June 05, 2017
You may never be a professional athlete but you can train like one. Besides raw talent, one of the biggest differences between pros and amateurs is their approaches to training. The professional approach to training helps pros blast past plateaus and attain super-human athletic goals.
Fortunately, you can borrow from the pros’ training book to learn how you can power through workout plateaus and achieve your personal fitness goals.
Want to train like a pro? Take a SMART training approach that focuses on:
S – Specific areas to improve performance
M – Measurable, quantifiable numbers, such as weight, on which you can improve
A – Achievable, realistic goals that prevent frustration, injury, stress
R – Relevant activities
T – Time-bound – the amount of time to achieve that goal
Assemble a training team to help you set personalized, actionable fitness goals
Professionals consult with training teams that analyze strengths, weaknesses and potential. The training teams then create personalized fitness goals.
You too can consult with a training team to help you create reasonable goals. Choose consultants that perform a comprehensive fitness assessment, one that analyzes your cardiovascular endurance as well as your overall strength and flexibility.
Create the steps to achieving your goals
Next, make specific plans to reach your goals. Steps for adding 10 lbs of muscle mass by the end of the year, for example, would include purchasing a gym membership and the purchase of nutritious, high protein foods.
Train all domains of athletic function
Professionals train across all domains of athletic function, training in areas seemingly unrelated to their sport. Flexibility training seems more suited for a gymnast, for example, but it could help a football player bend his body enough to catch an otherwise incomplete pass.
Training in a different domain can make you a better athlete too. A study published in a 2012 issue Sports Medicine found that elite athletes had better balance than did amateurs. In that study, researchers found an association between superior balance and faster skating speed in ice hockey players, greater vertical jumps and superior agility. Flexibility and balance also help prevent sports injuries by giving you the ability to regain control in the middle of a fall.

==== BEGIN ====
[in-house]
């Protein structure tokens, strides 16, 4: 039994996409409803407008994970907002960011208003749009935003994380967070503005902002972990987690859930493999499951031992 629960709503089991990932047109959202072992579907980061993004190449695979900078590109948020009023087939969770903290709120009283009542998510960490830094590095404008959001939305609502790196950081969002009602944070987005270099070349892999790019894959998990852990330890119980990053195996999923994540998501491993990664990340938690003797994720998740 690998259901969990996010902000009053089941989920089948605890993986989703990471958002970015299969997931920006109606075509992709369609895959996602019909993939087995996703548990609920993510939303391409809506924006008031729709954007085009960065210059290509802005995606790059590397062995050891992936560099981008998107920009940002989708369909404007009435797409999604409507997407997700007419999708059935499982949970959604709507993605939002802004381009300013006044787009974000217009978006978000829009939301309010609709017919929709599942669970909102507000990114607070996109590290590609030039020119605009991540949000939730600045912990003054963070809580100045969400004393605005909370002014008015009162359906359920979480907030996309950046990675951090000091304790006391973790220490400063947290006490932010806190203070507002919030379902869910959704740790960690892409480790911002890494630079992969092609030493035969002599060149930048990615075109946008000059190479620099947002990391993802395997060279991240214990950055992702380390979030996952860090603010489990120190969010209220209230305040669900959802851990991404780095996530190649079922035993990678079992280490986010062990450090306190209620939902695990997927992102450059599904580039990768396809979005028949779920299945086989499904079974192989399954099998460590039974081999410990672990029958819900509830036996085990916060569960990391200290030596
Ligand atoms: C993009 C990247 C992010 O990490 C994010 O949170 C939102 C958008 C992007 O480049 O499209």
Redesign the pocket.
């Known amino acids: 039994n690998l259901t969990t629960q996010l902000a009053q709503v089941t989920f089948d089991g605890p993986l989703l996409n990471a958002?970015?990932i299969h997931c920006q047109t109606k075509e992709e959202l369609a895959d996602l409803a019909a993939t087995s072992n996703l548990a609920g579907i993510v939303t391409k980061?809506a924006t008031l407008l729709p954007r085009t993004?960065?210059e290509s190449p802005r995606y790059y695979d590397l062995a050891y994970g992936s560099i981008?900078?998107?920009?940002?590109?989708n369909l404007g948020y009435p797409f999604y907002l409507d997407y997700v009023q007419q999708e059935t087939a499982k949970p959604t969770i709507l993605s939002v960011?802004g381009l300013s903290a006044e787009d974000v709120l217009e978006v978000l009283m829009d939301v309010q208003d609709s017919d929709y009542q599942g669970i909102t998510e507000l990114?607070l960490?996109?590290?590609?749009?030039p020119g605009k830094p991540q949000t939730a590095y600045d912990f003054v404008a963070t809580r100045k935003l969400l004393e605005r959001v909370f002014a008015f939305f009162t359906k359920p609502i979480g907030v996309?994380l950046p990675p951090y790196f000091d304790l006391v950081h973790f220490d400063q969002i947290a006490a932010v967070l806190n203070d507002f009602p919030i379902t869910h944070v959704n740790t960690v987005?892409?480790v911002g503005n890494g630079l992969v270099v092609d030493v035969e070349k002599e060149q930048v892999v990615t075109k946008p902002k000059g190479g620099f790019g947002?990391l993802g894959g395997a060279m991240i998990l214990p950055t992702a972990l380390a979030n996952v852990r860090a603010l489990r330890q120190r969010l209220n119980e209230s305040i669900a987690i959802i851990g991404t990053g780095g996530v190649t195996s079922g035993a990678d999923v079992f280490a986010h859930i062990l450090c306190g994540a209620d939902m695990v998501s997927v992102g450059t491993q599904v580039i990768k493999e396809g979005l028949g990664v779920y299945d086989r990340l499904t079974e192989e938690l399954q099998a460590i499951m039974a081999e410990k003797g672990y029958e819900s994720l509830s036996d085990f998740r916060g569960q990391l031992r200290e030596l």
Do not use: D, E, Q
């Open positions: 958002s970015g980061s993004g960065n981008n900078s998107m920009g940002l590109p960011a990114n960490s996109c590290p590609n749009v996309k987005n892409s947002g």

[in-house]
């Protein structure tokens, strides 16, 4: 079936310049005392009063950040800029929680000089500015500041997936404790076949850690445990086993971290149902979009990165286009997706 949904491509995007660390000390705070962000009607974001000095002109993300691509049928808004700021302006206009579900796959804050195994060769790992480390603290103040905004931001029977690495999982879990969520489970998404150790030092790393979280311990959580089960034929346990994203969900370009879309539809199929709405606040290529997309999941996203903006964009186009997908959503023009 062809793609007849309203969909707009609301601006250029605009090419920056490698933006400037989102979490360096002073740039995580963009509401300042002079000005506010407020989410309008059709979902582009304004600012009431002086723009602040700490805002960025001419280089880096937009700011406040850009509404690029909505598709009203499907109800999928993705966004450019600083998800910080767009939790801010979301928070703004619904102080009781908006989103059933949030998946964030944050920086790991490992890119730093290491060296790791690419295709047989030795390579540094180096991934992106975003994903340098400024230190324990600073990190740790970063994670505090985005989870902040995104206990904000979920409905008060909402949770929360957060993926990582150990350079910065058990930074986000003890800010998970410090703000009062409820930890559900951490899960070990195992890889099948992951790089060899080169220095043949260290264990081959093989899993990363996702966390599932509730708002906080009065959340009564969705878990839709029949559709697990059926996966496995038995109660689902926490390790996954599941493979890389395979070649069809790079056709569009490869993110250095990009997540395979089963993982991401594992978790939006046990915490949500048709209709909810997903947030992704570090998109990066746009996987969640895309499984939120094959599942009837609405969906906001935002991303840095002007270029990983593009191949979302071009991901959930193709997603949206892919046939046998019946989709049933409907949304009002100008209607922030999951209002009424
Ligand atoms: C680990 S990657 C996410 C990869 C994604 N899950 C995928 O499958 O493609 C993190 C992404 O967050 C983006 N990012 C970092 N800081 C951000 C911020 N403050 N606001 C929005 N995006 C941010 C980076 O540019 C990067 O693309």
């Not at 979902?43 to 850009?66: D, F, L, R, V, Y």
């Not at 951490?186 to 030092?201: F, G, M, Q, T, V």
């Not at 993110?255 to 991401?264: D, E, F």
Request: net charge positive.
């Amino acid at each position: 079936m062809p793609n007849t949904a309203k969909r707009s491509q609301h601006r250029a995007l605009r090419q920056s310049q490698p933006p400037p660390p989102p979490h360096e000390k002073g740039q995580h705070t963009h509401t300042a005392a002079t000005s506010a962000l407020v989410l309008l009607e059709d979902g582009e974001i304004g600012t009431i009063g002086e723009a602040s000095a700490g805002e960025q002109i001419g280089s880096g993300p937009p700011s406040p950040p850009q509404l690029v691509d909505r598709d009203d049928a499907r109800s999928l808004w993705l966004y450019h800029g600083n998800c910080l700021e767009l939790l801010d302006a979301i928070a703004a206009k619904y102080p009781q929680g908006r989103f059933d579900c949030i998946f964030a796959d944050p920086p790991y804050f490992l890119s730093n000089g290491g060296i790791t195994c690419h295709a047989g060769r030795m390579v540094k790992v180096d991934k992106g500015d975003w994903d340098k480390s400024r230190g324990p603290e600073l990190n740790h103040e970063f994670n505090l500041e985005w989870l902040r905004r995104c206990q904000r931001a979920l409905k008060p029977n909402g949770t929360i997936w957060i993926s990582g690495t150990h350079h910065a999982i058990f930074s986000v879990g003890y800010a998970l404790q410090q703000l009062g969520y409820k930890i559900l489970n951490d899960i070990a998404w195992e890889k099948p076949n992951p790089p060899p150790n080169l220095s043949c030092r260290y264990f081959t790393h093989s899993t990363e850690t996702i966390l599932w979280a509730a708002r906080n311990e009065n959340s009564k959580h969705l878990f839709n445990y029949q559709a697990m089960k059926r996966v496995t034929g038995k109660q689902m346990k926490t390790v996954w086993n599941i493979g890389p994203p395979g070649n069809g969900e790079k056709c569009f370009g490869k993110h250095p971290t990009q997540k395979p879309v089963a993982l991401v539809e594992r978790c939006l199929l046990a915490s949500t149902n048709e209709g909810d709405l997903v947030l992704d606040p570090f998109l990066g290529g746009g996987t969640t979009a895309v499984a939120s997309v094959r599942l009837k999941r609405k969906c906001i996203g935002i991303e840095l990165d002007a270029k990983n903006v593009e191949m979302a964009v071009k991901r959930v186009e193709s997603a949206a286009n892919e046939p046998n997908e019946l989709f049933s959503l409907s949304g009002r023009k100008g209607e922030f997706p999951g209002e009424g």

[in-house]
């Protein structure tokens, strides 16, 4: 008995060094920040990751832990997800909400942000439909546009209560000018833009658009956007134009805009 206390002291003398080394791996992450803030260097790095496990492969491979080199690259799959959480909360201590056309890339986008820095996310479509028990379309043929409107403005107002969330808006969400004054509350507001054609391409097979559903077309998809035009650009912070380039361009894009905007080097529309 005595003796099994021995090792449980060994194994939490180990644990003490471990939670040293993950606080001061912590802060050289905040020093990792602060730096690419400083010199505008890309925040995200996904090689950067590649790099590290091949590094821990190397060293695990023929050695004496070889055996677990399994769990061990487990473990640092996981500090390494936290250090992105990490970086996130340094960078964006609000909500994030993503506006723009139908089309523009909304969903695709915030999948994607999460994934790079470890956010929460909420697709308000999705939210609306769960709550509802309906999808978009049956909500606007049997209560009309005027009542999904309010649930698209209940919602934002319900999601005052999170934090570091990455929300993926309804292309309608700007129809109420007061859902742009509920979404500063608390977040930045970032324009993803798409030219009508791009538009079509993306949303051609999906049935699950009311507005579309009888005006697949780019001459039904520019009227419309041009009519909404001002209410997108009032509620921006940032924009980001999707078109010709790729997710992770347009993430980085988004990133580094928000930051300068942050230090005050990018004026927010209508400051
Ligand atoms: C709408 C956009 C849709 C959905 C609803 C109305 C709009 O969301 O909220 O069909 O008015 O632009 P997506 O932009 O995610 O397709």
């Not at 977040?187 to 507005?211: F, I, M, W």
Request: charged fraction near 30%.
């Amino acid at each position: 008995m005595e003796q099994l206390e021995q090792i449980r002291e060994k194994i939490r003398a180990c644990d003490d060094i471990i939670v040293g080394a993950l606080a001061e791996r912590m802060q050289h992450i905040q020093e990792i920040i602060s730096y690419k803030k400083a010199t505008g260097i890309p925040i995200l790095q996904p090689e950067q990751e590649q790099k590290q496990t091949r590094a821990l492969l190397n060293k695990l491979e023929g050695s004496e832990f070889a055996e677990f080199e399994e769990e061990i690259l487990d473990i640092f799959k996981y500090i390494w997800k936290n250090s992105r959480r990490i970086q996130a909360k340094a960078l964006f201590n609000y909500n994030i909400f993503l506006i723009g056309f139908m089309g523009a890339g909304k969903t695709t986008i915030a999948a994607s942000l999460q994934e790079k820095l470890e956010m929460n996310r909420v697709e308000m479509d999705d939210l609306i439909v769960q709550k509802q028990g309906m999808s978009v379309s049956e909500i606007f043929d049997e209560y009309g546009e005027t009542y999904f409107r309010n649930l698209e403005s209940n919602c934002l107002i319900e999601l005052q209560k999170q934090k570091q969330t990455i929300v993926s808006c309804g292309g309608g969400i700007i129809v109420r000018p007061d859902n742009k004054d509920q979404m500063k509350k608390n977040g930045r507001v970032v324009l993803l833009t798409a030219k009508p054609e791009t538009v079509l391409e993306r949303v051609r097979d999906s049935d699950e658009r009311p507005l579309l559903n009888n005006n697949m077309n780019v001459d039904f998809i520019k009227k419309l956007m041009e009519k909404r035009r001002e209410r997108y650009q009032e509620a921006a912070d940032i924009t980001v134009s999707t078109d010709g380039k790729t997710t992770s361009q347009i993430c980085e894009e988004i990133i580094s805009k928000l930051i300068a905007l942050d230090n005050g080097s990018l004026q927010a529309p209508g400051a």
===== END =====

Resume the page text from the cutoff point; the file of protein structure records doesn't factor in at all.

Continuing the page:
The body of a professional athlete is like a racecar, relying on high quality fuel for peak performance. A statement issued by the American College of Sports Medicine and others provides some worthwhile nutrition goals that can help you train like a pro, such as:
Protein: Between 12 and 20 percent of your calories should come from protein each day. If your training goals focus endurance and strength, aim for 1.2 to 1.7 grams of protein for every kilogram of body weight daily.
Carbohydrates: 50 to 60 percent of your daily caloric intake should come from carbohydrates.
Fat: Limit your dietary fat to 30 percent of your calorie intake and saturated fat intake to below 10 percent of your caloric intake.
Hydration is essential, as you can lose fluids, electrolytes and weight quickly during strenuous workouts. Drink 16 to 24 ounces of fluids for every pound you lose during exercise. Drink an electrolyte replacement drink if you perspire heavily or have very salty sweat.
Enjoy a protein drink after your workout. Protein drinks give your body the nutrients and energy it needs to repair muscle tissue during the recovery phase.
Probiotic supplementation can help athletes stay healthy. We often mistake athletes as the healthiest people around, but the opposite can be true, this population can lead a very stressful life with intense training schedules, stressful lives, and overwhelming physical and mental demands on the body and mind. Respiratory infections are common among athletes; research shows probiotic supplementation can reduce this risk. Other studies suggest beneficial probiotic bacteria can even enhance your performance. One study showed probiotics helped lab mice exercise longer; another study showed supplementation helped athletes run faster on a treadmill in a hot environment. Probiotics also trigger the release of dopamine, a chemical associated with positive mood.
In just a few easy steps, you can train like a pro. Keep at it and someday you may even start performing like a professional athlete!
August 13, 2019
August 13, 2019 2 Comments
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What is Fibromyalgia?
Fibromyalgia is a long-lasting or chronic disorder that causes muscle pain and an overall feeling of tiredness. People with this condition experience pain and tenderness throughout many parts of their body. It is often associated with other chronic conditions such as Chronic fatigue syndrome, endometriosis, irritable bowel syndrome (IBS), rheumatoid arthritis, lupus and more. Anyone can get this but it does occur more frequently in women and often starts in middle age.